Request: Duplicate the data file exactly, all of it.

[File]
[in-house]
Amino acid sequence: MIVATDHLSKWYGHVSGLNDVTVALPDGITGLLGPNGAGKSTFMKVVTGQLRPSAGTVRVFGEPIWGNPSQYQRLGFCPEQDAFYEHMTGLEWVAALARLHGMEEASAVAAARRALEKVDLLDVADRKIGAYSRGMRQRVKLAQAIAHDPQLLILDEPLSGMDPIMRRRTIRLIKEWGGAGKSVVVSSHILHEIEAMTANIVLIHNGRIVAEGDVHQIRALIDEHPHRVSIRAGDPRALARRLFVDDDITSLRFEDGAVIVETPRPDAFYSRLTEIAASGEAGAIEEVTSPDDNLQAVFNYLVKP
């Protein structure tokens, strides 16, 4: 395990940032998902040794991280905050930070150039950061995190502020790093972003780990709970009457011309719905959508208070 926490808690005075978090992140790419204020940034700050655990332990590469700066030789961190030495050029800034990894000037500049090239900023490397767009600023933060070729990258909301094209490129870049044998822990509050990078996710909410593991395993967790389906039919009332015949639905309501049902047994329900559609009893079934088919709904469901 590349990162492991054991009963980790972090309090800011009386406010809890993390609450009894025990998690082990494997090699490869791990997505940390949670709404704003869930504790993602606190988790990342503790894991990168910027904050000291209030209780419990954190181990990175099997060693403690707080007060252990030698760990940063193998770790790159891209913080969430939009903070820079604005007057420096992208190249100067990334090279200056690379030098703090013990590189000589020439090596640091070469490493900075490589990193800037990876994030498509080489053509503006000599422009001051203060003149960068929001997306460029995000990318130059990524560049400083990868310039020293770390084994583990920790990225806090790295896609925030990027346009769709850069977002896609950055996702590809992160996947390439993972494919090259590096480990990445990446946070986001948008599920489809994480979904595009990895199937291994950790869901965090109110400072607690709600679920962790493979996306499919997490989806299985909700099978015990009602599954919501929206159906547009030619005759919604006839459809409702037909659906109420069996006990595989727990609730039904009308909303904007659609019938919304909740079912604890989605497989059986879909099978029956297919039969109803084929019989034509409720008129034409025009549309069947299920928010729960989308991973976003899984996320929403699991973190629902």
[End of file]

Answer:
[in-house]
Amino acid sequence: MIVATDHLSKWYGHVSGLNDVTVALPDGITGLLGPNGAGKSTFMKVVTGQLRPSAGTVRVFGEPIWGNPSQYQRLGFCPEQDAFYEHMTGLEWVAALARLHGMEEASAVAAARRALEKVDLLDVADRKIGAYSRGMRQRVKLAQAIAHDPQLLILDEPLSGMDPIMRRRTIRLIKEWGGAGKSVVVSSHILHEIEAMTANIVLIHNGRIVAEGDVHQIRALIDEHPHRVSIRAGDPRALARRLFVDDDITSLRFEDGAVIVETPRPDAFYSRLTEIAASGEAGAIEEVTSPDDNLQAVFNYLVKP
């Protein structure tokens, strides 16, 4: 395990940032998902040794991280905050930070150039950061995190502020790093972003780990709970009457011309719905959508208070 926490808690005075978090992140790419204020940034700050655990332990590469700066030789961190030495050029800034990894000037500049090239900023490397767009600023933060070729990258909301094209490129870049044998822990509050990078996710909410593991395993967790389906039919009332015949639905309501049902047994329900559609009893079934088919709904469901 590349990162492991054991009963980790972090309090800011009386406010809890993390609450009894025990998690082990494997090699490869791990997505940390949670709404704003869930504790993602606190988790990342503790894991990168910027904050000291209030209780419990954190181990990175099997060693403690707080007060252990030698760990940063193998770790790159891209913080969430939009903070820079604005007057420096992208190249100067990334090279200056690379030098703090013990590189000589020439090596640091070469490493900075490589990193800037990876994030498509080489053509503006000599422009001051203060003149960068929001997306460029995000990318130059990524560049400083990868310039020293770390084994583990920790990225806090790295896609925030990027346009769709850069977002896609950055996702590809992160996947390439993972494919090259590096480990990445990446946070986001948008599920489809994480979904595009990895199937291994950790869901965090109110400072607690709600679920962790493979996306499919997490989806299985909700099978015990009602599954919501929206159906547009030619005759919604006839459809409702037909659906109420069996006990595989727990609730039904009308909303904007659609019938919304909740079912604890989605497989059986879909099978029956297919039969109803084929019989034509409720008129034409025009549309069947299920928010729960989308991973976003899984996320929403699991973190629902």